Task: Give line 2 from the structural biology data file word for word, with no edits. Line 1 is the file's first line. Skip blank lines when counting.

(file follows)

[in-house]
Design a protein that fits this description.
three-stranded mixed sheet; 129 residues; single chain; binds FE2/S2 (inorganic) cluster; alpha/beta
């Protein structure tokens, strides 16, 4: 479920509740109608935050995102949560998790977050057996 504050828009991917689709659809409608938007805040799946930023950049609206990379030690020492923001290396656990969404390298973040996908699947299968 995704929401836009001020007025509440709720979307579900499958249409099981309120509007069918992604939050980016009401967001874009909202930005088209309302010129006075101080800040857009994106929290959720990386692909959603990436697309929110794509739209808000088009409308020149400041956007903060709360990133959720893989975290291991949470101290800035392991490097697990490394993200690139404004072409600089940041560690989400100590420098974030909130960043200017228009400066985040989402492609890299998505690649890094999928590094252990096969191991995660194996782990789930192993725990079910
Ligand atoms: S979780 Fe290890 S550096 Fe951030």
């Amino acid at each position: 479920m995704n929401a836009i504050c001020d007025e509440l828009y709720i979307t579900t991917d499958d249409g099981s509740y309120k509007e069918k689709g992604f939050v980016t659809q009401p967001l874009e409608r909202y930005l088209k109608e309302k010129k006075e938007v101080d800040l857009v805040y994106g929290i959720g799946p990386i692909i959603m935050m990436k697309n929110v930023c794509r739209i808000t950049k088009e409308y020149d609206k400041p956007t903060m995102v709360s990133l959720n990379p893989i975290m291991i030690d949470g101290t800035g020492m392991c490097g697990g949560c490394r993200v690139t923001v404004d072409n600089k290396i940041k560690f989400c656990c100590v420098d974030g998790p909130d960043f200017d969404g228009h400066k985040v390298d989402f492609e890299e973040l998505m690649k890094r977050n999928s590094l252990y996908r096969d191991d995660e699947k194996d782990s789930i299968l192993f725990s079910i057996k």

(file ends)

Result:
Design a protein that fits this description.